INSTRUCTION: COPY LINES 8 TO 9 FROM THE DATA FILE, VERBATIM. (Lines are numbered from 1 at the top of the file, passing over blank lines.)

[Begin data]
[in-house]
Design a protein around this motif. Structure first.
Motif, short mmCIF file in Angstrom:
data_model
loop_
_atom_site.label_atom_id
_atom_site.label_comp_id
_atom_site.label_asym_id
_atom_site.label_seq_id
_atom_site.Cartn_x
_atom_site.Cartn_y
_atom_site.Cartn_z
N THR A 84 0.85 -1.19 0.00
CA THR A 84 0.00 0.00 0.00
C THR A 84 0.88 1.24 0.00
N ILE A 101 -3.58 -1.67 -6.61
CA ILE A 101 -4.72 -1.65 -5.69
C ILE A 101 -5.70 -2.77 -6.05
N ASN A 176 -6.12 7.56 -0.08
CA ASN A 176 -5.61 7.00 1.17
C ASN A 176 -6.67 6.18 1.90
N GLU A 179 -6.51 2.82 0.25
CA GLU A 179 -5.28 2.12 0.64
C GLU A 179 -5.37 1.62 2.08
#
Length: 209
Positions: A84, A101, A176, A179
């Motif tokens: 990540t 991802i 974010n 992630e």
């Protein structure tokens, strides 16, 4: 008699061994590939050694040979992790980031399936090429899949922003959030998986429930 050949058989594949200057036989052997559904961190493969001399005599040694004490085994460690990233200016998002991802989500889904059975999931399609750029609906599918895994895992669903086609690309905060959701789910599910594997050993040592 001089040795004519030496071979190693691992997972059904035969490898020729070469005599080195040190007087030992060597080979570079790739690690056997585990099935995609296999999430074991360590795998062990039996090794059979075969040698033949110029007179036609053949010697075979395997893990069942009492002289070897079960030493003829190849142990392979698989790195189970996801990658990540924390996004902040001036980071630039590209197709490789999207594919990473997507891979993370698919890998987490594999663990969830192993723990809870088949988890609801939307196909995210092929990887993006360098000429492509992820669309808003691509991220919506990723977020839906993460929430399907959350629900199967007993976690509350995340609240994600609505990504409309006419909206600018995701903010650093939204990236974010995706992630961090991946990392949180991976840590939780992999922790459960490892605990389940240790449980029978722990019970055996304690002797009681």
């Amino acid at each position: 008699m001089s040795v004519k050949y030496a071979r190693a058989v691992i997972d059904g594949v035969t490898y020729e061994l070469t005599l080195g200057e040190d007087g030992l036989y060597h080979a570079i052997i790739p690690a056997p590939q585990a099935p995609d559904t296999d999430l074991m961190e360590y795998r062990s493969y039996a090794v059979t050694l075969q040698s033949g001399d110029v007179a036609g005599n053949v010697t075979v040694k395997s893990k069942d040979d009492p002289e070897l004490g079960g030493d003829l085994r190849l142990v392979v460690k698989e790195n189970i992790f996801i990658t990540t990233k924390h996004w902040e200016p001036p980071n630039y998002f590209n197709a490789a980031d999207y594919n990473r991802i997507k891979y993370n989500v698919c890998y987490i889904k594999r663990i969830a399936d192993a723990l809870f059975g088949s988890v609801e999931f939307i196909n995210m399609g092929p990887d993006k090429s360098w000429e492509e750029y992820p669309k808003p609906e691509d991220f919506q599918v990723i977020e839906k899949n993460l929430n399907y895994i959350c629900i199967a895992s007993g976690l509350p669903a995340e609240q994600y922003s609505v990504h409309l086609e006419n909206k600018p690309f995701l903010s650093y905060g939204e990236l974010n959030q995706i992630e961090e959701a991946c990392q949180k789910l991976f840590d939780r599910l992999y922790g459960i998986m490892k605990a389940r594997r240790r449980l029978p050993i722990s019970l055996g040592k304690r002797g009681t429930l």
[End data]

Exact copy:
_atom_site.label_asym_id
_atom_site.label_seq_id